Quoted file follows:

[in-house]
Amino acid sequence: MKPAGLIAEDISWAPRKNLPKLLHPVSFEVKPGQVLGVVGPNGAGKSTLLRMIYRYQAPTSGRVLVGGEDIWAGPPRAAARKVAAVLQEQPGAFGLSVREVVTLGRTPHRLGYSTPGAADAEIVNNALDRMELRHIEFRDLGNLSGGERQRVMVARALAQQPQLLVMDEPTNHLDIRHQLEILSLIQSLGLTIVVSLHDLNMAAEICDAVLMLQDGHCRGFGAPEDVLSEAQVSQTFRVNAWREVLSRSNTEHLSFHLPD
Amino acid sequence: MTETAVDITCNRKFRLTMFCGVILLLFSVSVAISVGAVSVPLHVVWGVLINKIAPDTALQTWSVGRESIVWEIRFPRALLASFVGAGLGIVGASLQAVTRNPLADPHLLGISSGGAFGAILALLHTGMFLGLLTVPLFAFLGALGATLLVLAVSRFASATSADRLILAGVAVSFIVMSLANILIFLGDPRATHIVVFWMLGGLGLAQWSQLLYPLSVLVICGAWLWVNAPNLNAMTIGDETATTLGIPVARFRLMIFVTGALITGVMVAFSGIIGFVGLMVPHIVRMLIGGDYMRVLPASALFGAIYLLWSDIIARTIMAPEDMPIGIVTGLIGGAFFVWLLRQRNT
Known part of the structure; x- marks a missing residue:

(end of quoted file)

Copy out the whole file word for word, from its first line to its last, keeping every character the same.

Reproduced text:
[in-house]
Amino acid sequence: MKPAGLIAEDISWAPRKNLPKLLHPVSFEVKPGQVLGVVGPNGAGKSTLLRMIYRYQAPTSGRVLVGGEDIWAGPPRAAARKVAAVLQEQPGAFGLSVREVVTLGRTPHRLGYSTPGAADAEIVNNALDRMELRHIEFRDLGNLSGGERQRVMVARALAQQPQLLVMDEPTNHLDIRHQLEILSLIQSLGLTIVVSLHDLNMAAEICDAVLMLQDGHCRGFGAPEDVLSEAQVSQTFRVNAWREVLSRSNTEHLSFHLPD
Amino acid sequence: MTETAVDITCNRKFRLTMFCGVILLLFSVSVAISVGAVSVPLHVVWGVLINKIAPDTALQTWSVGRESIVWEIRFPRALLASFVGAGLGIVGASLQAVTRNPLADPHLLGISSGGAFGAILALLHTGMFLGLLTVPLFAFLGALGATLLVLAVSRFASATSADRLILAGVAVSFIVMSLANILIFLGDPRATHIVVFWMLGGLGLAQWSQLLYPLSVLVICGAWLWVNAPNLNAMTIGDETATTLGIPVARFRLMIFVTGALITGVMVAFSGIIGFVGLMVPHIVRMLIGGDYMRVLPASALFGAIYLLWSDIIARTIMAPEDMPIGIVTGLIGGAFFVWLLRQRNT
Known part of the structure; x- marks a missing residue: